What Is Tax Evasion, Tax Avoidance, And Tax Planning

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Mar 29, 2024
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    Every government relies on taxation to generate revenue to run the country. However, there are many ways that people and companies attempt to lower their tax bills. There are three separate but connected ideas in tax management: tax planning, tax avoidance, and tax evasion. In this blog, we will explain these tax terminologies in detail. 

    Tax Evasion

    Anyone who engages in dishonest or unlawful means to avoid paying their respective taxes commits a tax evasion. It entails lowering one's tax liability by purposefully underreporting taxable income, capital gains, or profits. Typical ways by which people avoid paying taxes are:

    • Not itemising all sources of income or recording a lower income in financial records.
    • Avoiding taxes by concealing or storing wealth and assets overseas in offshore accounts.
    • Creating false accounts, paperwork, or invoices to claim bogus expenses or exemptions.
    • Avoiding import charges and customs taxes by smuggling products.
    • Including fabricated information or claims in a tax return. 

    Tax evasion is a criminal offence under the Income Tax Act, 1961. Anyone caught faces severe penalties, including jail time. Taxpayers may face fines of up to 300% of the omitted tax, and tax authorities may also take legal action.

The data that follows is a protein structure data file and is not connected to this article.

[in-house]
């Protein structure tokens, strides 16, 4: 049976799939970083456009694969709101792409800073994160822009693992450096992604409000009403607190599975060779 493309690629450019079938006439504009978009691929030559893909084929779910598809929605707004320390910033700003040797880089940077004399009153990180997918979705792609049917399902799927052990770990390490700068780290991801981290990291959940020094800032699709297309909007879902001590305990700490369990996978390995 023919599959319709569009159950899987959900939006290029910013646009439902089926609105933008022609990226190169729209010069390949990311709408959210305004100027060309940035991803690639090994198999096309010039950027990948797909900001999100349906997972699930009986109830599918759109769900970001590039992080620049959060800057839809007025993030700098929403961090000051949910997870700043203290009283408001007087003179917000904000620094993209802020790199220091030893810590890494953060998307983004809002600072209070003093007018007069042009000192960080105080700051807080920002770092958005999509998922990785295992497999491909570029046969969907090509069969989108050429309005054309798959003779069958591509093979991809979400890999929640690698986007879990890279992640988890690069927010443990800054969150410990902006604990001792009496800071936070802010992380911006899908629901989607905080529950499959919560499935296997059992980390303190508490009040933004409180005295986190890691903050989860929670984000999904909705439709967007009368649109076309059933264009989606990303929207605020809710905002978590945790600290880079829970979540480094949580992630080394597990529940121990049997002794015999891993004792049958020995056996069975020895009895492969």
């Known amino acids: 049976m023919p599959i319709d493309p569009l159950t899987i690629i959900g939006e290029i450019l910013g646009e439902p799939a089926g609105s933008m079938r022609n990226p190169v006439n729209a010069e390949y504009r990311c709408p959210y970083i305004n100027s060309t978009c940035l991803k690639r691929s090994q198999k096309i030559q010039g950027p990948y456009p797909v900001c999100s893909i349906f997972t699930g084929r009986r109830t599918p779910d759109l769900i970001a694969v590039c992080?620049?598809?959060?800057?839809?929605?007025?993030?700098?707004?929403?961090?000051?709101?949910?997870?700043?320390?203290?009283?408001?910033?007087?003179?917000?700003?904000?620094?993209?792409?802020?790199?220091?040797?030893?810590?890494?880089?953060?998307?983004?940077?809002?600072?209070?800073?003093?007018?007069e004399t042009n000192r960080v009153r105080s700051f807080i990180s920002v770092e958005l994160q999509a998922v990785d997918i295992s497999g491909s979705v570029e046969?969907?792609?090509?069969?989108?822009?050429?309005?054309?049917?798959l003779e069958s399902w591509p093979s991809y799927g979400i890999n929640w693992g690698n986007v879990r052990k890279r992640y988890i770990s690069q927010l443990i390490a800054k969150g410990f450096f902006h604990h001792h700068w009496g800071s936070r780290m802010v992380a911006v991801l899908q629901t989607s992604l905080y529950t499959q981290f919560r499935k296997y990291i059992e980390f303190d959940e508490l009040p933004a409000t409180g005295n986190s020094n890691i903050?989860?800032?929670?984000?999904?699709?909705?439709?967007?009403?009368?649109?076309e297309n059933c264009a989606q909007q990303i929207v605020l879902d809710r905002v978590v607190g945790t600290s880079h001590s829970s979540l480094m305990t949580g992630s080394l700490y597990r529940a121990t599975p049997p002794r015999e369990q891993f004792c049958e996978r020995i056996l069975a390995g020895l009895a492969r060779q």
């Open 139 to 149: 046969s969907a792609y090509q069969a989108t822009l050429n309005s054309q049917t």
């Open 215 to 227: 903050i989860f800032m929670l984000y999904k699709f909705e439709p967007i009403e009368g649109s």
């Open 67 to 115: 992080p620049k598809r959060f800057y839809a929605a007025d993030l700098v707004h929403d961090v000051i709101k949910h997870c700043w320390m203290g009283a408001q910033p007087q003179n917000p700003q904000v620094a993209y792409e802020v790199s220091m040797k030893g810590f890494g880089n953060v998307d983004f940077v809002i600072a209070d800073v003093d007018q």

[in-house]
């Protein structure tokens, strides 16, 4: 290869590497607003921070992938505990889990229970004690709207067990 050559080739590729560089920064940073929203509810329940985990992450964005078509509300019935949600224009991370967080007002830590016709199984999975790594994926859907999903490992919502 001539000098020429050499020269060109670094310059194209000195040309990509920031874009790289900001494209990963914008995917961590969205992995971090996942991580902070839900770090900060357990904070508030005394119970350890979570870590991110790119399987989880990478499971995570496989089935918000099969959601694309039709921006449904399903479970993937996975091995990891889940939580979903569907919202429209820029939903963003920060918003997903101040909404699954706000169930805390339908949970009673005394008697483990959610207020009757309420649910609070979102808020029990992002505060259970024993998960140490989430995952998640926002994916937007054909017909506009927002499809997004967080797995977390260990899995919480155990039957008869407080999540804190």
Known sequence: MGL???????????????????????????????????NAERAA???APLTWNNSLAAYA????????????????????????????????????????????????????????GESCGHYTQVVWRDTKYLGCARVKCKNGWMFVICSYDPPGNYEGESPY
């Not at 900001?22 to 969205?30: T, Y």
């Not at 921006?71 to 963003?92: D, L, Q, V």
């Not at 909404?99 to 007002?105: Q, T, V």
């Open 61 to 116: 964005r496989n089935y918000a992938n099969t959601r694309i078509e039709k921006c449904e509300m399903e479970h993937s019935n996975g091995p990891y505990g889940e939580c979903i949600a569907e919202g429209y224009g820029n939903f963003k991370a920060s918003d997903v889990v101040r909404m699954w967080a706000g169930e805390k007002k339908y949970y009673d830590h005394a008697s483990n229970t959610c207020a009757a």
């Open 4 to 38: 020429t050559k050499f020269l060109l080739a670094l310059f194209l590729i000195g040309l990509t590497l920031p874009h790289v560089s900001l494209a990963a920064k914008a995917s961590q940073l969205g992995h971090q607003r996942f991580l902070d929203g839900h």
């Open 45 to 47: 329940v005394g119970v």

Tax Planning

    Tax planning is the process of legally arranging one's financial matters to reduce one's tax burden. It entails minimising taxable income to the greatest extent possible by using all tax breaks available under the current tax code. 

    Some popular examples of tax planning are:

    • Making investments that qualify for tax deductions under Section 80C, like Public Provident Fund (PPF), Equity Linked Saving Scheme (ELSS), health and life insurance premiums, tax-saving fixed deposits, National Saving Certificate (NSC), National Pension Scheme (NPS), Employee Provident Fund (EPF), etc. This helps reduce taxable income up to INR 1,50,000 plus an additional INR 50, 000 under subsection 80CCD (1B).
    • Buying a house property using a home loan makes principal and interest payments eligible for tax benefits under sections 80C and 24.
    • Claiming HRA exemption by living in a rented house.
    • Claiming allowable business expenses and depreciation to lower business income.
    • Investments that earn tax-free income include PPF interest, stock dividends, etc.
    • Timing capital gains to optimally utilise fundamental exemption limits. For instance, if you are invested in equity mutual funds for short-term (less than 3 years) and long-term (more than 3 years), your gains will be taxed at 15% and 10% over and above INR 1 lakh without indexation, respectively.

    The intention behind tax planning is to legally claim all deductions and exemptions allowed under the Income Tax Act and optimise taxes by efficiently planning investments and expenses.

    Limitations Of Tax Planning

    While tax planning is legal, there are certain limitations to it:

    • The taxpayer needs a good understanding of tax laws to plan efficiently. 
    • Tax rules and exemptions may change every year. You need to stay updated, as what saved taxes earlier may not work now.
    • Overdoing tax planning to lower tax outgo aggressively may sometimes be counterproductive. It may also attract the attention of tax authorities.
    • Tax planning requires discipline to make suitable investments and claim deductions. Not everyone is inclined and means to do so meticulously year after year.